As a Supply Chain Professional, I have had the privilege of spending my entire career in the private sector… Not that there is anything wrong with the public sector, but I’ve always taken the approach of staying about as far away from the laws of competitive bidding as I could possibly get. Why would I take such an approach? Well, it is not that I want to create an uneven playing field, because that is not what this is about. It is simply about being able to consider the variables that I believe provide the most value for the organization, without having to waste a substantial amount of time and effort trying to justify why I make the decisions I make. Why waste the time and energy if one doesn’t have to?
I’d like to start by stating that tenders do have their place in business, and are a justifiable approach for the right types of sourcing activities. And of course in some organizations (like the public sector), we have little choice but to follow this path. The path is, however, not without its pitfalls, and sometimes these pitfalls can be significant.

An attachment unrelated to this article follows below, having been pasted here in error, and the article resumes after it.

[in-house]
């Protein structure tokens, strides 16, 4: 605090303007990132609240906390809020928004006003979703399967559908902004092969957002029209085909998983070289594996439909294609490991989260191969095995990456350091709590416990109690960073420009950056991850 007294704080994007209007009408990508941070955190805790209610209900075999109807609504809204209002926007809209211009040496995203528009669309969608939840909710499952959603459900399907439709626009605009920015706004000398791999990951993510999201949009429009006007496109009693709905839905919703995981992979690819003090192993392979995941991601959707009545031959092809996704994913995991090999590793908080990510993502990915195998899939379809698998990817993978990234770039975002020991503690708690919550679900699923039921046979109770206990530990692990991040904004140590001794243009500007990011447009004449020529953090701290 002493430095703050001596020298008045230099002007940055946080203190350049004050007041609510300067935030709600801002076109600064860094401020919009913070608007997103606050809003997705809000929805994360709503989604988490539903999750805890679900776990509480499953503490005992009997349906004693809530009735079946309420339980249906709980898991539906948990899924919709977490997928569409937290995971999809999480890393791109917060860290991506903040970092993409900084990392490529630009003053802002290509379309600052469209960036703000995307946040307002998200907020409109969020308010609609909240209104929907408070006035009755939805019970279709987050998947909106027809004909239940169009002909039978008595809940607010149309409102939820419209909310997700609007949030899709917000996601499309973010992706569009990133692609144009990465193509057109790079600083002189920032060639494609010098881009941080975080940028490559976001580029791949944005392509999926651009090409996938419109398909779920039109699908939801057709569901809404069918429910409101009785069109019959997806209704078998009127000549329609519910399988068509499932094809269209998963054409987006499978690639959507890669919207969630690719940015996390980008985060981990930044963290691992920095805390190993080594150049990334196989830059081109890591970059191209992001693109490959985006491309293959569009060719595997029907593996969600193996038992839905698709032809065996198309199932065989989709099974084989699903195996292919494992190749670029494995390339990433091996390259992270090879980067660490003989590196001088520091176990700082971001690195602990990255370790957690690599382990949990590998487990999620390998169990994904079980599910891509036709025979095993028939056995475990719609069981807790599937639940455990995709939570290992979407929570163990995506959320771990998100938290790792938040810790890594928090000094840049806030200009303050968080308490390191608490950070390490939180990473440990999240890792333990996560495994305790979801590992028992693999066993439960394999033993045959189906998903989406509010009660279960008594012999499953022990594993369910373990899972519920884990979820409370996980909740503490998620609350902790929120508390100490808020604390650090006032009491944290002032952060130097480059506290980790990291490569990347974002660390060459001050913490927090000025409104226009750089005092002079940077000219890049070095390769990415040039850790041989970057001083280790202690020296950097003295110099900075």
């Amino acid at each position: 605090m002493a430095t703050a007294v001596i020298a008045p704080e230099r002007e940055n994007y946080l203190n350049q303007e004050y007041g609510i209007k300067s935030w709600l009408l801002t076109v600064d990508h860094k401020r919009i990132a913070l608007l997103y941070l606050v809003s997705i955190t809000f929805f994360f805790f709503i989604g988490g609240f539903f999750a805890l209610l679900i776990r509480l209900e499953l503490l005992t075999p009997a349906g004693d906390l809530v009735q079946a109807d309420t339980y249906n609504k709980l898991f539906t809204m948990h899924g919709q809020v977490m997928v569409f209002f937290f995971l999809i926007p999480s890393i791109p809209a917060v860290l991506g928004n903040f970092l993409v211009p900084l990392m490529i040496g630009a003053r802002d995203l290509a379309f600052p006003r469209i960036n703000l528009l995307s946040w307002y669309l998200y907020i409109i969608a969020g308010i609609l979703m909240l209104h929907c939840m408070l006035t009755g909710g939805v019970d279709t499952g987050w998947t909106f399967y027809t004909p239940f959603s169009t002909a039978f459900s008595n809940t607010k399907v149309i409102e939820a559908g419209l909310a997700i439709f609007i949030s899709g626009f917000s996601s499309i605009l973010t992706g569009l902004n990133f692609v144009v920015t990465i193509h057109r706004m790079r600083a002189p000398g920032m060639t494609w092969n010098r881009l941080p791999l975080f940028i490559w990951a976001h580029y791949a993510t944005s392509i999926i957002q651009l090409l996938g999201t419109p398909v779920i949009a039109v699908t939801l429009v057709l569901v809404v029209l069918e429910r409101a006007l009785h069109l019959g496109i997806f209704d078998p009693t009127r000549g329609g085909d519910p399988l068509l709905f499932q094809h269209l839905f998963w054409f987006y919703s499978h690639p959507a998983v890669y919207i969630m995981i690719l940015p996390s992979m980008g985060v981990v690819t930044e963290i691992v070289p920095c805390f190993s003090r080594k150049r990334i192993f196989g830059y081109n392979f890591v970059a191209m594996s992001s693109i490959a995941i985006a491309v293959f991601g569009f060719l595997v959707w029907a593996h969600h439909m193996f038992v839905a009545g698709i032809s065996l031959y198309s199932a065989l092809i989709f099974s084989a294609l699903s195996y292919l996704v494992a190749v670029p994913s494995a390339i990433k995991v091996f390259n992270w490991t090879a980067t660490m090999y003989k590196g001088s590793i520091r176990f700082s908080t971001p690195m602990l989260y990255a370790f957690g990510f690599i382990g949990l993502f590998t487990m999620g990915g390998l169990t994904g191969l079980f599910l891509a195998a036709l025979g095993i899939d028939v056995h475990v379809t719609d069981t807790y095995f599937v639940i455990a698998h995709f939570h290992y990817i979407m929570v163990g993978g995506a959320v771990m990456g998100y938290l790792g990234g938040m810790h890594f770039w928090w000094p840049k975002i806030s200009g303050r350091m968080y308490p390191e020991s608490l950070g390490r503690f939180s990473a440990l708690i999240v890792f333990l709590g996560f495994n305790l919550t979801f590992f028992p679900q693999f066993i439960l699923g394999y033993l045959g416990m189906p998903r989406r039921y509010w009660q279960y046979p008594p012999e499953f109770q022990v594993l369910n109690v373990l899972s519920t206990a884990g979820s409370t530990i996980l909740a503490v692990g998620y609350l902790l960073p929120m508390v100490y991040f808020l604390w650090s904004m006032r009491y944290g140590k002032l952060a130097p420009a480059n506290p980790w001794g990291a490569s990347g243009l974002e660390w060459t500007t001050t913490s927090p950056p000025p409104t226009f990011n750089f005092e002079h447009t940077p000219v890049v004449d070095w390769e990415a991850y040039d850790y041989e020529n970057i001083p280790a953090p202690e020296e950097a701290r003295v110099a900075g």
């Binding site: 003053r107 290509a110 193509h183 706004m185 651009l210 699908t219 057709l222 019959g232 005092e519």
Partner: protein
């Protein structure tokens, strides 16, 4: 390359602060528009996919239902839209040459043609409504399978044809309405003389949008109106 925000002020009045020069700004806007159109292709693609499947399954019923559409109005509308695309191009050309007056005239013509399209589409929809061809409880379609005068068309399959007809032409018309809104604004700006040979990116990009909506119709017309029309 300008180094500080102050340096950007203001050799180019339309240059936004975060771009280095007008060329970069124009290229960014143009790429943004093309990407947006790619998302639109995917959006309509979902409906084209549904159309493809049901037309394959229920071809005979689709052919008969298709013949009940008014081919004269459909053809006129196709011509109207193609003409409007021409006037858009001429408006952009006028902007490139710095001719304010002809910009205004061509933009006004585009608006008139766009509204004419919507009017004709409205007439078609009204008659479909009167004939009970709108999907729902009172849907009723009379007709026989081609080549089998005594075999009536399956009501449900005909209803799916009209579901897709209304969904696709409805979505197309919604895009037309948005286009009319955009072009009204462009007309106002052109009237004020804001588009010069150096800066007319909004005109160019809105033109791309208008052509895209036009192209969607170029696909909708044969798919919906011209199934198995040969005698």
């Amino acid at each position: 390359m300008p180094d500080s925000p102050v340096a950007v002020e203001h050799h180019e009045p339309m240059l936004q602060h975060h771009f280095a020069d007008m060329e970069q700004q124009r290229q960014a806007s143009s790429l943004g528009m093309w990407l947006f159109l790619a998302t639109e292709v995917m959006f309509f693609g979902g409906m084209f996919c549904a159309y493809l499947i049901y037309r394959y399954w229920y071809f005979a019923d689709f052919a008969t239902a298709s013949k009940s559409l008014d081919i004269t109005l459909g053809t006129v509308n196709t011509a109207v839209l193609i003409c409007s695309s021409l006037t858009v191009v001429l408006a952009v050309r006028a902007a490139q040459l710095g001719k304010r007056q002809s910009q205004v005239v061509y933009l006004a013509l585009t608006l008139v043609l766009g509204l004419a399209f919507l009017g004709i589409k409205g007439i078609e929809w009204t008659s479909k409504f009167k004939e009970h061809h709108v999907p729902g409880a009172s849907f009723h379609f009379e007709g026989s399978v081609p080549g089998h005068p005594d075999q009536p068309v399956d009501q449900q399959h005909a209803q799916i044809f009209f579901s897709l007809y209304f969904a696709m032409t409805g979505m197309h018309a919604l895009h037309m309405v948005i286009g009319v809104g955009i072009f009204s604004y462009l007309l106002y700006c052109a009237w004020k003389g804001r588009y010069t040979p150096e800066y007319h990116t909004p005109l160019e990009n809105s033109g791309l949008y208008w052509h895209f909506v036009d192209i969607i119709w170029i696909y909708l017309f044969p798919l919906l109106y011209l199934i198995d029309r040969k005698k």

One of the most common misjudgements that I see in the tendering process is when the writer keeps adding volumes of information and criteria for responders to meet in order to be “qualified”. They do so actually believing that they are creating increased value for their employers by making the tender requirements as stringent as possible. The unfortunate truth is, however, that they accomplish the exact opposite.
What happens when you add layer after layer of qualifiers to a tender? You make it harder and harder, and often less desirable, for prospective vendors to respond. This in turn, reduces the number of responders, often leaving only large organizations (with high overhead and high cost structures) to respond, which in turn drives up the cost associated with the resulting contract.
So assuming that tendering is the right choice for your sourcing activity, or is the only choice available to you, it is important to think strategically when writing the tender document. Will these additional criteria actually drive value for the organization, or will they simply act as a barrier for applicants, thereby eliminating prospective high quality vendors from the pool?
In the end, sometimes simpler is better.